Sakurajima Eruption Warning

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Japan has a lot of volcanos and even the mighty Mt. Fuji itself is an active volcano. In fact, Japan has 270 and with 100 of them active, accounting for 10% of the world’s active volcano.

The laid-back city of Kagoshima on the southern main island of Kyushu is known by some as the ‘Naples of Japan’ due to Mt. Sakurajima which sits in Kagoshima bay. The Japan Meteorological Association has announced this month that new data suggests a large-scale eruption of Sakurajima may be likely soon.

Back in 2016, the BBC reported that each year, 14 million cubic metres of magma has been accumulating faster than it can be expelled from the volcano. Authorities concluded that a major eruption was likely in the next 30 years. Since then, there have been notable eruptions, most recently on May 9th this year shooting plumes of volcanic ash over 4,000 metres into the air from its Minamidake crater. A spectacular eruption occurred in November last year and the patterns suggest that something big could happen soon.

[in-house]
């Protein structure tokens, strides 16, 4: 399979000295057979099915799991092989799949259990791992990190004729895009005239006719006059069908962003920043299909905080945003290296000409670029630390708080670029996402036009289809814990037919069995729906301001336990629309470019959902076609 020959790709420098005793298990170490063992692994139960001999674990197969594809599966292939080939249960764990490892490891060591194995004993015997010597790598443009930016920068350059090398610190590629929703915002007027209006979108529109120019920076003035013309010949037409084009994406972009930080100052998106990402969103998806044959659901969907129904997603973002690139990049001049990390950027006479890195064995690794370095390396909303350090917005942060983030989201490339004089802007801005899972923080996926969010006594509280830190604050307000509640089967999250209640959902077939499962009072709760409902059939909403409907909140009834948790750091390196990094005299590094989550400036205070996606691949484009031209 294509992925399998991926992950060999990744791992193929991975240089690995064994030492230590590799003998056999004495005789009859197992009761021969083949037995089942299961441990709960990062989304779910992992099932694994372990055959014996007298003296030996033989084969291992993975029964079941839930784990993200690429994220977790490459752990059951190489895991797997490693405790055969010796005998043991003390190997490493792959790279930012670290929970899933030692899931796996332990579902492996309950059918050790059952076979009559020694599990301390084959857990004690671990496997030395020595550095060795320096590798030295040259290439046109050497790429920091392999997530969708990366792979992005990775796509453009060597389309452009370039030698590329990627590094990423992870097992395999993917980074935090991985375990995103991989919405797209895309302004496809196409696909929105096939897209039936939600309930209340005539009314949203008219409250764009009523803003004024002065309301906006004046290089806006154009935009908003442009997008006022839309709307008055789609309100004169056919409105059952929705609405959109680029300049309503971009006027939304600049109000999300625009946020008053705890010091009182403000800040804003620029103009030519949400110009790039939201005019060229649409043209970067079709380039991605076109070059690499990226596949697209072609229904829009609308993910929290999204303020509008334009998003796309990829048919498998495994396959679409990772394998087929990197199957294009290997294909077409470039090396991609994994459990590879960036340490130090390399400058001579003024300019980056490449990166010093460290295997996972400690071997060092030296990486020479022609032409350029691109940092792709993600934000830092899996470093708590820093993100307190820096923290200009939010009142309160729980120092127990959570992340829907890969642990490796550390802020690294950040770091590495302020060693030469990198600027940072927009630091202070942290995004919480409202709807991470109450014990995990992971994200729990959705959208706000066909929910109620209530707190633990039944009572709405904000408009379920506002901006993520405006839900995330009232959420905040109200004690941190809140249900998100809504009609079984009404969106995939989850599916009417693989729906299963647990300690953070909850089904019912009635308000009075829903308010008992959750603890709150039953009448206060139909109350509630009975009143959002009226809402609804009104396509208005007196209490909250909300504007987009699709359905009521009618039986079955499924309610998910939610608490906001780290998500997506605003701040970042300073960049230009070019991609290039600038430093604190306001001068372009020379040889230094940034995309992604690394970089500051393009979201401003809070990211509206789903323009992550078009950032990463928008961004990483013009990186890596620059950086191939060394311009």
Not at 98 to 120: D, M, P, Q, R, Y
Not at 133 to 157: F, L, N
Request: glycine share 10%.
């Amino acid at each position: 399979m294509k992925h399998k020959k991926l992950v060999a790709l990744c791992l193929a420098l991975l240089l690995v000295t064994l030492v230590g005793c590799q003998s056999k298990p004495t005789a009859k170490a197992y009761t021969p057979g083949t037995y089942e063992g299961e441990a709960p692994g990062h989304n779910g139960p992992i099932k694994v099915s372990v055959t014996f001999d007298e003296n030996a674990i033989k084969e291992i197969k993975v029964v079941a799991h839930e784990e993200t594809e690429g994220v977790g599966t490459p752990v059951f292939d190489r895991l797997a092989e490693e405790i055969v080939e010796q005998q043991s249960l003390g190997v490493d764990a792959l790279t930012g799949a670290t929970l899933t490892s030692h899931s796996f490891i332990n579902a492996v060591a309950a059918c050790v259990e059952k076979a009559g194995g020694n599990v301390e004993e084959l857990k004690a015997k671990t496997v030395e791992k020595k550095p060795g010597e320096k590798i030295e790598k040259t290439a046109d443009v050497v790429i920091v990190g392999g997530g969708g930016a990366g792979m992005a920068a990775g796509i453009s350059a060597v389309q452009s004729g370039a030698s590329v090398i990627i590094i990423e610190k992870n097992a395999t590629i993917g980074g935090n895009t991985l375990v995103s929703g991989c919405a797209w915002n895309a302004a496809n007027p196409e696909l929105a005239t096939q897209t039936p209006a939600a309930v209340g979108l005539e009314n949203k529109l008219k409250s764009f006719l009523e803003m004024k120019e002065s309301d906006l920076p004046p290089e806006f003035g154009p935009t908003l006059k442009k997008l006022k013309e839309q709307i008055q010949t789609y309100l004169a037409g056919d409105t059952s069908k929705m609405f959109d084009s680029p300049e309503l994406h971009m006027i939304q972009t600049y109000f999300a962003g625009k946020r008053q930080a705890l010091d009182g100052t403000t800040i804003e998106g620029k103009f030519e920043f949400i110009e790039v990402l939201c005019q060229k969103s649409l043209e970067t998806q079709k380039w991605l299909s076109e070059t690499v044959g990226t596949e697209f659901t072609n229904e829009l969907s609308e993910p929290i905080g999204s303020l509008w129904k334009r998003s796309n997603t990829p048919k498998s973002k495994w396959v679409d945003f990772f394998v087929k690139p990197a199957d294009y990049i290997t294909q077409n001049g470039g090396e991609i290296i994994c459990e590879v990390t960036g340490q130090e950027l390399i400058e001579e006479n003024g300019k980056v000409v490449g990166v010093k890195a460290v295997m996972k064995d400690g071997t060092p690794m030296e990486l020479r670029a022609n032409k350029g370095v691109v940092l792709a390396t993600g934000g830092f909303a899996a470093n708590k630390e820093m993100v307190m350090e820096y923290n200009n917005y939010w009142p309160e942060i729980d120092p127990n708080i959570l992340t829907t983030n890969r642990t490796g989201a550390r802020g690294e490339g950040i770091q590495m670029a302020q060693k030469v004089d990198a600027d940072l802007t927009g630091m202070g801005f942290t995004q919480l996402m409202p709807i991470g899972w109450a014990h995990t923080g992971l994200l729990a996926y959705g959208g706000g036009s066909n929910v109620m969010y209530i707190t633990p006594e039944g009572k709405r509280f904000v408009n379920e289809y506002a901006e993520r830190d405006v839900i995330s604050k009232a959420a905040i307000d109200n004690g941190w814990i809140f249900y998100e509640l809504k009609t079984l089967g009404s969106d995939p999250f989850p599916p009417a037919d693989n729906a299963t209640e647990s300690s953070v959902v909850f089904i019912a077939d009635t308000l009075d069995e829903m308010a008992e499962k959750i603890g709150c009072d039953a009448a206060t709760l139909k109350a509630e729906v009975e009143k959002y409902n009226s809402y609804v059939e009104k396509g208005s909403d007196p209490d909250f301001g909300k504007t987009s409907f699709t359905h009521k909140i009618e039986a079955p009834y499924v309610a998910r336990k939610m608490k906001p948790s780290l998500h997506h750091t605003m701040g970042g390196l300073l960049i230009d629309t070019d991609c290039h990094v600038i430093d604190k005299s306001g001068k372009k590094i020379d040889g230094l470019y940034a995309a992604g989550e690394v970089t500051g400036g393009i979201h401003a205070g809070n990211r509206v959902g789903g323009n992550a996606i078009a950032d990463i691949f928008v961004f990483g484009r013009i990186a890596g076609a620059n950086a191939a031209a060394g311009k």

The volcano actually sits in a semi-permanent state of eruption and the 600,000 residents of Kagoshima are well used to rumblings and ash from the mountain. However, the last major eruption of Sakurajima was in 1914 which caused the death of 58 people and even connected the island with the city, creating the Osumi peninsula.

Although death and damage are rarely caused by the volcano, Kagoshima City has prepared evacuation plans in case of a major event.

Kyodo News reports on recent findings here.

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